Mike and his sister, Toni, are currently planning a funeral for their father. What’s certain so far is he’ll be interred in the Minturn cemetery, in a plot with a fine view, and visible from the walking path. The inscription for his headstone is appropriate for a man who always followed his beliefs: “The purpose in life is to matter — to make a difference that you lived at all.”
That’s a good epitaph.
Here’s a brief biography of Michael Cacioppo, excerpted from a 2014 Vail Daily story:
Cacioppo was born July 4, 1951, in Kansas City, Mo., and was a William Allen White School of Journalism graduate from the University of Kansas in 1974.
He often joked that he was the first student to ever graduate from “social promotion,” because his teachers and professors wanted him to graduate and not return to their classes.
He enlisted and served as a military policemen in the Kansas National Guard from 1970-73, and was in the Naval Air Reserve from 1974-75. He served at Buckley Air Field in Denver from 1975-76.
Cacioppo moved to Vail on Oct. 7, 1975, where he began his career as the advertising manager for the now defunct Vail Trail newspaper, then Colorado’s largest weekly paper.
Around 1976 he launched his own business, Vail’s first entertainment booking agency, Vail Entertainment Booking. He successfully ran the agency for 10 years, turning it over to the first of his two ex-wives.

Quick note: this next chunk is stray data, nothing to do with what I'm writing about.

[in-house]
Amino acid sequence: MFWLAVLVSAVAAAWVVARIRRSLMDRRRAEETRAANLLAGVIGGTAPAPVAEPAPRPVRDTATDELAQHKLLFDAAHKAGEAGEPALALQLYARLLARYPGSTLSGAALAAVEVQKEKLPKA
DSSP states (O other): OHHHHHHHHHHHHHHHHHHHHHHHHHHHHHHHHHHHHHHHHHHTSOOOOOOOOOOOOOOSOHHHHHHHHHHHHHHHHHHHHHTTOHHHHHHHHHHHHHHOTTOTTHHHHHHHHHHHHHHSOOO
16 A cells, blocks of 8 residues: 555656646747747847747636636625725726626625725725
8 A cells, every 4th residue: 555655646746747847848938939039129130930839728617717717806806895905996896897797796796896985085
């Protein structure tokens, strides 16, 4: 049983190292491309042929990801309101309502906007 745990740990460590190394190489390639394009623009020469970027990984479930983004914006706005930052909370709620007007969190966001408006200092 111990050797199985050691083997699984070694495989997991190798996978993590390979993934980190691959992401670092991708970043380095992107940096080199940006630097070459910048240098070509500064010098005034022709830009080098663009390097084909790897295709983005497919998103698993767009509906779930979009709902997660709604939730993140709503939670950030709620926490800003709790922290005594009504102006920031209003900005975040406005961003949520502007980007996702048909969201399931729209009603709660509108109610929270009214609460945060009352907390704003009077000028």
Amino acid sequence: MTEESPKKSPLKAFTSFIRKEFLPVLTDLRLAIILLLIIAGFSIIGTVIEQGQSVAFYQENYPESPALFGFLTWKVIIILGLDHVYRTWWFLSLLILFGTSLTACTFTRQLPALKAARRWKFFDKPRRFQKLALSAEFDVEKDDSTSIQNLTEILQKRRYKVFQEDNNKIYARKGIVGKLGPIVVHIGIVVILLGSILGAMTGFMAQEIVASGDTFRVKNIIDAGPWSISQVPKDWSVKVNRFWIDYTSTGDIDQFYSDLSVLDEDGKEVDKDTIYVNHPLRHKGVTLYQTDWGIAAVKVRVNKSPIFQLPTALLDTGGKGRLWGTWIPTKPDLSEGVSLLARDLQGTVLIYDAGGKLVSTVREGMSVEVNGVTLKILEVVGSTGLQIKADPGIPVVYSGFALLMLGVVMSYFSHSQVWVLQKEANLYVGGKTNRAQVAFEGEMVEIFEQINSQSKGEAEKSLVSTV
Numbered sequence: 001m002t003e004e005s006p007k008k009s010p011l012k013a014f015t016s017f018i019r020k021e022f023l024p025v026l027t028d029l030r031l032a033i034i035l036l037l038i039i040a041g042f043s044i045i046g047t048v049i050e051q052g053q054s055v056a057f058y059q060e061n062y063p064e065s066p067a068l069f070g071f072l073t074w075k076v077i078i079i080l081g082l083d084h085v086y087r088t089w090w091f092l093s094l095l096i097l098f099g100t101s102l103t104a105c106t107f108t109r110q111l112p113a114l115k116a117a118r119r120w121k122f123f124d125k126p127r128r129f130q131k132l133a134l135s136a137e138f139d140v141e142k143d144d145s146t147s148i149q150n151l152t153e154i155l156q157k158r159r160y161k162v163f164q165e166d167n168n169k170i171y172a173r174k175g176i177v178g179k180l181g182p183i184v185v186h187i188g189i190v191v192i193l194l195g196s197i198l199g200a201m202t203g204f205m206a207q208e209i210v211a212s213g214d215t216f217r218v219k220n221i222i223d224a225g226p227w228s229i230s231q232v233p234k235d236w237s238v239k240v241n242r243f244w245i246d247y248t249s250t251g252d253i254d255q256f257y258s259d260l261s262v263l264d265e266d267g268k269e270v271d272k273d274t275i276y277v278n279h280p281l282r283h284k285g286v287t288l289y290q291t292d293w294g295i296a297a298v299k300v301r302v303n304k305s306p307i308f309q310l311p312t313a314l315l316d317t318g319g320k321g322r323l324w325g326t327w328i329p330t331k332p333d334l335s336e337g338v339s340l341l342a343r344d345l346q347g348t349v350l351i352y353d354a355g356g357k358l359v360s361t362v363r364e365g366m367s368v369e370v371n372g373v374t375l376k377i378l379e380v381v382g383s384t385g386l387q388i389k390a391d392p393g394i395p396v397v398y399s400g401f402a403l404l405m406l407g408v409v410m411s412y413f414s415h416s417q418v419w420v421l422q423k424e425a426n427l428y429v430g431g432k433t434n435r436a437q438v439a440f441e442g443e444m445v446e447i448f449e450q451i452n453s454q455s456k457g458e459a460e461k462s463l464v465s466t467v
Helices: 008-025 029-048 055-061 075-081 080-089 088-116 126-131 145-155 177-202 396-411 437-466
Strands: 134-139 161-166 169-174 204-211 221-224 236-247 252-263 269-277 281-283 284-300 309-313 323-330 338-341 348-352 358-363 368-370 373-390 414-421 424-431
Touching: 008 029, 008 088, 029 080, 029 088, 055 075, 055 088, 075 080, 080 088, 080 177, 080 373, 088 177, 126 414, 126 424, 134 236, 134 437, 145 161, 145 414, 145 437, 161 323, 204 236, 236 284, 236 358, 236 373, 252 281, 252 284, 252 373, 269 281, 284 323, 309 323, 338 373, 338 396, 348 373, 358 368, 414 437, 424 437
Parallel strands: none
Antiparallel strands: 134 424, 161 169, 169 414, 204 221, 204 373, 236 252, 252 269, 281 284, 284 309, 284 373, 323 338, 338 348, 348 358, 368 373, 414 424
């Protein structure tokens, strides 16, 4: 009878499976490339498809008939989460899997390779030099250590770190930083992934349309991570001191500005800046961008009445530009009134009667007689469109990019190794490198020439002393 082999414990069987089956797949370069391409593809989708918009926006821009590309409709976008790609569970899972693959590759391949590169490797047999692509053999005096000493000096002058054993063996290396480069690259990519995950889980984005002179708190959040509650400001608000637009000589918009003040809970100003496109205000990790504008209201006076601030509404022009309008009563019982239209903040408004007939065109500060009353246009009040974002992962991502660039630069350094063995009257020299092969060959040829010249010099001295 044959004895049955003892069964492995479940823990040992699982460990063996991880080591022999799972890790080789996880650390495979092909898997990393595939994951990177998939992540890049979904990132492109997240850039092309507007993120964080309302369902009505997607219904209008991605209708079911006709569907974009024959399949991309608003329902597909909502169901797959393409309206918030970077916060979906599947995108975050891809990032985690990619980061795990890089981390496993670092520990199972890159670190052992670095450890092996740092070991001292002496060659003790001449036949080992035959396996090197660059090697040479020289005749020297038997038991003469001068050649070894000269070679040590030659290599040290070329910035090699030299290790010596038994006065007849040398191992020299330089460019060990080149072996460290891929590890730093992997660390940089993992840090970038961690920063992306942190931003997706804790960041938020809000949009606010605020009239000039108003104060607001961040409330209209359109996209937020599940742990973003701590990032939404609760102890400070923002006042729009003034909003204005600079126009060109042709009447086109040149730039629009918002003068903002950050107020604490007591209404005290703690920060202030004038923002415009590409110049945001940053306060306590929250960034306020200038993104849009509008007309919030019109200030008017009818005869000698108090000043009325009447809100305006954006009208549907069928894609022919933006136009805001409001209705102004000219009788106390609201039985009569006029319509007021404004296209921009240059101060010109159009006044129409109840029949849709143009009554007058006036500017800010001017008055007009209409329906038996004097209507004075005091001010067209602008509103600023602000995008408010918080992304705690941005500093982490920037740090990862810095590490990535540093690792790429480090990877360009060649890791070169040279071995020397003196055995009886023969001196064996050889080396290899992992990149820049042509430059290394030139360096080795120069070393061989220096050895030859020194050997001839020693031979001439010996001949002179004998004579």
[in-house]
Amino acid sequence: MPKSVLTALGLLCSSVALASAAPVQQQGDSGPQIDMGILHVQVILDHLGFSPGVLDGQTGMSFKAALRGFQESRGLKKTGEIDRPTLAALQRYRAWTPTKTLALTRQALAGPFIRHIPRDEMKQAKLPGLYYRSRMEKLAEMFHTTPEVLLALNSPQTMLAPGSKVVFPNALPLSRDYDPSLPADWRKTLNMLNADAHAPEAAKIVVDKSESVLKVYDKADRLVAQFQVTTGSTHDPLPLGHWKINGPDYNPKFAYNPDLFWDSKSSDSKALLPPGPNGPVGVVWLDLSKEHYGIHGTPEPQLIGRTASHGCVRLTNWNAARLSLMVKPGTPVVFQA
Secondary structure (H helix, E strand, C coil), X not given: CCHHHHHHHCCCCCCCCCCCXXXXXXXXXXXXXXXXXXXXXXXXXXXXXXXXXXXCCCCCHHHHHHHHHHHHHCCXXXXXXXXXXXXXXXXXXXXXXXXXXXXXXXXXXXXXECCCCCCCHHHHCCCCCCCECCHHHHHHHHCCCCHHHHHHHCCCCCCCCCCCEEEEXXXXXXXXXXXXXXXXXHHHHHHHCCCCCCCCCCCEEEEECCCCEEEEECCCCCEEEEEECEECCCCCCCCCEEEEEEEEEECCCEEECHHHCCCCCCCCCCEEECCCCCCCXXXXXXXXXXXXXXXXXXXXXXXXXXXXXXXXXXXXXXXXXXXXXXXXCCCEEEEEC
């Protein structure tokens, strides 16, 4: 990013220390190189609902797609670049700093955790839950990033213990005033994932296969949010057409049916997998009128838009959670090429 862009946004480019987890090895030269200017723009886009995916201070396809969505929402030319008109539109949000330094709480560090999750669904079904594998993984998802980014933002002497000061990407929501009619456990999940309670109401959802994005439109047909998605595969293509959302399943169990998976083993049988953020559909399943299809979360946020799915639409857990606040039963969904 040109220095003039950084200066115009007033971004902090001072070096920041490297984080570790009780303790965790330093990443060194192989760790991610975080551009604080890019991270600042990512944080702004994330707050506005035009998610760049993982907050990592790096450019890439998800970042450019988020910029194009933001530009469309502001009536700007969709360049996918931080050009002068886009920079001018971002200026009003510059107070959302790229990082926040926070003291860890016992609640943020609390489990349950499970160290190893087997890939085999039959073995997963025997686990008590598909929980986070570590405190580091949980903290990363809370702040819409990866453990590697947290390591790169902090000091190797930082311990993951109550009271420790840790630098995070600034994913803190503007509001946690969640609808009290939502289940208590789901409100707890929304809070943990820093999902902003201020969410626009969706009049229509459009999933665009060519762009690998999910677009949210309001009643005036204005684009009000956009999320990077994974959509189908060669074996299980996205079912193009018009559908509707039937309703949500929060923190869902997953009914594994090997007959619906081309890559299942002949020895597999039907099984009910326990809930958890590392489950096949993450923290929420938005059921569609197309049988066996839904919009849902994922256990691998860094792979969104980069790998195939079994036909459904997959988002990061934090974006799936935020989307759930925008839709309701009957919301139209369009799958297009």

He helped change Vail’s town charter in the 1970s, which enabled Vail voters to petition their government by initiating Charter Amendments or laws. He was spokesman for a group of local citizens who won three of four amendment changes. The fourth change would have allowed to speak as long as they like at public meetings, a change even Cacioppo refused to support.
In the late 1970s, Cacioppo became Vail’s Father of Public Access Television. He threatened a lawsuit against the Vail Town Council for refusing to enforce their cable television contract with the local cable provider. He also produced one of its first regular programs, “Speakout!”
If you hosted a party or event in the 1970s and 80s, chances are you hired Captain Video for the audio and video work. Cacioppo launched the first independent company of that kind in Vail.
Cacioppo has sued all kinds of governments over the years, always acting as his own attorney. He was the first to beat the Colorado State Patrol in a jury trial for an alleged speeding ticket determined by aircraft.
He sued the town of Vail several times, winning some and losing some.
He sued the Eagle County school district three times, winning twice. In one, he lost a $10,000 contract when he sued the school district after he caught the school board in what turned out to be an illegal secret meeting. He sued anyway.